There are things that you can’t go back and re-create. That happily ever after with that person you fell so deeply in love with may not happen, and you can’t go back and fix that. Perhaps you wanted a family but your body was just unable to. Those things you can’t get back are all things that need to be grieved. Let yourself feel the hurt, recognize the loss, and accept those things you cannot change. Recognizing and allowing yourself to grieve certain things will help bring closure to that season and allow you to move forward.
What needs to be redeemed?
The second category of baggage I want you to identify is things that need redemption and restoration. Perhaps when you were younger, before your trauma, you laughed and were full of joy. Maybe you were creative, and there were creative outlets like poetry or painting or building that you absolutely loved. Perhaps you were courageous and completely willing to speak up. Maybe you were a lover of reading and you used to sit and read for hours. You may have been a more confident or a more peaceful person before your trauma. Those are things that can be redeemed with God’s help. You can find those things again. They may have been buried by all of the trauma, but they’re still there.
What needs to be revisited at a later time?
In addition to determining what needs to be grieved and what needs to be redeemed, I want you to create a third bucket for things that are really messy and complicated that you’re not quite sure what bucket they belong in yet. We’re going to call this the come back later bucket or the parking lot bucket.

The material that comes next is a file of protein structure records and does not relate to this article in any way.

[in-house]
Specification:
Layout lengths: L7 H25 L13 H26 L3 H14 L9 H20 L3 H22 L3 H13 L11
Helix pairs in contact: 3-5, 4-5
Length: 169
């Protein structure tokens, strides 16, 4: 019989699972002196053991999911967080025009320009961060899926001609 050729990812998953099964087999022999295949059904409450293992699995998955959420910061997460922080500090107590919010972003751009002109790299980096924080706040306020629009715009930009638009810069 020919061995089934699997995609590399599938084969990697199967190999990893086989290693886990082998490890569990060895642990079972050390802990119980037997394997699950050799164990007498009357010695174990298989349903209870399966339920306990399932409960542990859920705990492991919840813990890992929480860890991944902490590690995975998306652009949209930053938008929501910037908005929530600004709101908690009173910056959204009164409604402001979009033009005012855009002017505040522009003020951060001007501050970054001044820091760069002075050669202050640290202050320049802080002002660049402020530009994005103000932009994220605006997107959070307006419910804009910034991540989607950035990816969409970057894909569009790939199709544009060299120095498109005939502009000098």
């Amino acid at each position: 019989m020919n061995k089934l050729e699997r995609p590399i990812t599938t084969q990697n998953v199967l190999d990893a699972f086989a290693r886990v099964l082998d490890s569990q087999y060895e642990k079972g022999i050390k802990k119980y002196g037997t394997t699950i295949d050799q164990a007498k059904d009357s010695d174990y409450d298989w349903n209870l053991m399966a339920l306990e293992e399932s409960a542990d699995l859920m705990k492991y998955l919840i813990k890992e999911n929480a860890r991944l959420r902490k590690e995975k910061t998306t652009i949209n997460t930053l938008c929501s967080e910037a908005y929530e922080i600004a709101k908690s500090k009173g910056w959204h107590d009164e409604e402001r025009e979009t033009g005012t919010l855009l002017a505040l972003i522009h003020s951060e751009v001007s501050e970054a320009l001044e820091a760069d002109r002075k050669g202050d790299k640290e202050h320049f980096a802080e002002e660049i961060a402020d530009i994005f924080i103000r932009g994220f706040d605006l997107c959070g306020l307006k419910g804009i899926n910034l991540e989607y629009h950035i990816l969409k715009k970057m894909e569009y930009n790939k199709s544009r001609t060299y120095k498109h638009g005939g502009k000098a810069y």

If you have things that are big and messy and you just don’t know what to do with them yet, put them in this bucket and come back to them later, because as you begin to grieve and as you begin to redeem you may find that you will gain clarity on some of these messier items because you’ve made some progress in other areas.
In seasons where life is a little more peaceful, take time to recognize that all these emotions coming to the surface are just things that you’ve been carrying around for a long time, and it’s time to start sifting through them.
This is a fantastic time for you to get a life coach, a spiritual director or a therapist, to spend some time with people who will hold you accountable, and to find your tribe. Find people who are on the other side of their trauma who recognize that this is part of a healthy journey, and just connect with them and find some support.
How do you handle the season after coming out of trauma and the emotional baggage that comes with it? Please let me know in the comments! And if you haven’t yet found a tribe of strong women who’ve beat the odds and overcome trauma, don’t forget to join our community of faith-filled women, Christian Women Who Lead.
Angela J Herrington, MA, LSCC is a Life and Leadership Coach for Christian Women at AngelaJHerrington.com , founder of Broken Beautiful BOLD online women’s ministry, and Christian feminist activator at WildSacredHoly.com.
Angela is a spunky Gen Xer who creates sacred spaces for vulnerable exploration. Her specialty is helping Christian women untangle themselves from limiting beliefs, toxic religious culture, and all the ways the enemy tries to keep them small. She holds a BA from Indiana Wesleyan and a Masters in Leadership from Wesley Seminary. Her graduate research project focused on leadership development and opportunities for Gen X women in the US church.
Angela and her unique online ministry were featured in Lyz Lenz’s 2019 book God Land: Story of Faith, Loss, and Renewal in Middle America. She also has been published in Hope for Women and HOPE is Now magazines.
Angela is also a Lark’s Song Certified Life Coach who reaches hundreds of thousands of women in 40+ countries each month on Facebook, IG, Twitter, Pinterest, and two blogs. She is Director of Communications for Wesleyan Holiness Women Clergy, a women-led organization dedicated to engaging, empowering, and equipping women to lead in the church.
Angela is also a wife, mom to 6, and proud resident of Marion, Indiana with her family when they’re not traveling the US in their RV.